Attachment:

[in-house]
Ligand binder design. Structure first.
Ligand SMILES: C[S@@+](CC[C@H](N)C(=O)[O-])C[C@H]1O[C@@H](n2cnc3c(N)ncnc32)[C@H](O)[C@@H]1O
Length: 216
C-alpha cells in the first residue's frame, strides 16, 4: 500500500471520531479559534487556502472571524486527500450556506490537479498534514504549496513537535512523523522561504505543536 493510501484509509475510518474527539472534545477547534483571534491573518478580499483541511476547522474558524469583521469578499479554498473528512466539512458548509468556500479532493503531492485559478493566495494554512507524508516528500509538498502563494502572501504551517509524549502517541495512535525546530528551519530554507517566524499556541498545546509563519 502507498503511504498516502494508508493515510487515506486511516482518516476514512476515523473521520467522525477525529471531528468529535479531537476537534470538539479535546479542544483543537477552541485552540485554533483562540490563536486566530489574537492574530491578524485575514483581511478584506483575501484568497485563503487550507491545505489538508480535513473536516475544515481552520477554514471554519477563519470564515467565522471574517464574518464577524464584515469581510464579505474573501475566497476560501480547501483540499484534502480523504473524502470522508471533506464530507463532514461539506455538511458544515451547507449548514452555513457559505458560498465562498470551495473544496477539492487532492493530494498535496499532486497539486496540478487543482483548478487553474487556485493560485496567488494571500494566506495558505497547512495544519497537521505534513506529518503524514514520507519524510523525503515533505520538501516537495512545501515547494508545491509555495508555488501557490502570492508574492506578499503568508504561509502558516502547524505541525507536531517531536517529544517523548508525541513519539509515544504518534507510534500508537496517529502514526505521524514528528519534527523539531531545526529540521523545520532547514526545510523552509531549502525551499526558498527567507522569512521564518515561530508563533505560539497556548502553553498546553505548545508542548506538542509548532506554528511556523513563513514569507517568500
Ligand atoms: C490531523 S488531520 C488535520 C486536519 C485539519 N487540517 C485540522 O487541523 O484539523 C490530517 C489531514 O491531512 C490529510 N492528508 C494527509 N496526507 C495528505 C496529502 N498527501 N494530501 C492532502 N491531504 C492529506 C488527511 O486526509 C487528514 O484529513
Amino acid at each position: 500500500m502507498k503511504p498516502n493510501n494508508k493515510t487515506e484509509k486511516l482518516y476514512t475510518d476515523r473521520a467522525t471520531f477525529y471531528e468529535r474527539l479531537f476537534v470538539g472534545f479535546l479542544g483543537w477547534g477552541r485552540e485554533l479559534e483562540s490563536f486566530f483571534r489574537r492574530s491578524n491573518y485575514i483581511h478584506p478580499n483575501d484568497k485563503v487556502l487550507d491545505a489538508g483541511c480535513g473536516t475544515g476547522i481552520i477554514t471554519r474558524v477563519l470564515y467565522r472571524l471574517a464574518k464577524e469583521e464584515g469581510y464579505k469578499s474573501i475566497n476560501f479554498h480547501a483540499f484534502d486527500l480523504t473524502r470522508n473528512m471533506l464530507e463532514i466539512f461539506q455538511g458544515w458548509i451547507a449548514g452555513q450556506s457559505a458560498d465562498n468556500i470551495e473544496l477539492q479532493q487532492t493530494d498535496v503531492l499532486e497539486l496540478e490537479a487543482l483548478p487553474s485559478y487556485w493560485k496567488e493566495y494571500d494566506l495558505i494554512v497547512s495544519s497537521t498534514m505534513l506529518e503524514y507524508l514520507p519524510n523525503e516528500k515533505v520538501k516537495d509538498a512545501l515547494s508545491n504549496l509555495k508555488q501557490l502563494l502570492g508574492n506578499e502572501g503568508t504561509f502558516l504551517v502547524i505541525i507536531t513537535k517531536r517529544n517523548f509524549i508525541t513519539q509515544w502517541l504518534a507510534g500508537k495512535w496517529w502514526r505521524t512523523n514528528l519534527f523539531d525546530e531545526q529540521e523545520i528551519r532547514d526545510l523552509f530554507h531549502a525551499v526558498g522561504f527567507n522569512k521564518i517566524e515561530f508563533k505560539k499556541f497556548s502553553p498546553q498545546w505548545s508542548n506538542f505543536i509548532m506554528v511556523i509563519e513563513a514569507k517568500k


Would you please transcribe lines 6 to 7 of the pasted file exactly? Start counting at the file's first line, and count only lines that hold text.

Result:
Ligand atoms: C490531523 S488531520 C488535520 C486536519 C485539519 N487540517 C485540522 O487541523 O484539523 C490530517 C489531514 O491531512 C490529510 N492528508 C494527509 N496526507 C495528505 C496529502 N498527501 N494530501 C492532502 N491531504 C492529506 C488527511 O486526509 C487528514 O484529513
Amino acid at each position: 500500500m502507498k503511504p498516502n493510501n494508508k493515510t487515506e484509509k486511516l482518516y476514512t475510518d476515523r473521520a467522525t471520531f477525529y471531528e468529535r474527539l479531537f476537534v470538539g472534545f479535546l479542544g483543537w477547534g477552541r485552540e485554533l479559534e483562540s490563536f486566530f483571534r489574537r492574530s491578524n491573518y485575514i483581511h478584506p478580499n483575501d484568497k485563503v487556502l487550507d491545505a489538508g483541511c480535513g473536516t475544515g476547522i481552520i477554514t471554519r474558524v477563519l470564515y467565522r472571524l471574517a464574518k464577524e469583521e464584515g469581510y464579505k469578499s474573501i475566497n476560501f479554498h480547501a483540499f484534502d486527500l480523504t473524502r470522508n473528512m471533506l464530507e463532514i466539512f461539506q455538511g458544515w458548509i451547507a449548514g452555513q450556506s457559505a458560498d465562498n468556500i470551495e473544496l477539492q479532493q487532492t493530494d498535496v503531492l499532486e497539486l496540478e490537479a487543482l483548478p487553474s485559478y487556485w493560485k496567488e493566495y494571500d494566506l495558505i494554512v497547512s495544519s497537521t498534514m505534513l506529518e503524514y507524508l514520507p519524510n523525503e516528500k515533505v520538501k516537495d509538498a512545501l515547494s508545491n504549496l509555495k508555488q501557490l502563494l502570492g508574492n506578499e502572501g503568508t504561509f502558516l504551517v502547524i505541525i507536531t513537535k517531536r517529544n517523548f509524549i508525541t513519539q509515544w502517541l504518534a507510534g500508537k495512535w496517529w502514526r505521524t512523523n514528528l519534527f523539531d525546530e531545526q529540521e523545520i528551519r532547514d526545510l523552509f530554507h531549502a525551499v526558498g522561504f527567507n522569512k521564518i517566524e515561530f508563533k505560539k499556541f497556548s502553553p498546553q498545546w505548545s508542548n506538542f505543536i509548532m506554528v511556523i509563519e513563513a514569507k517568500k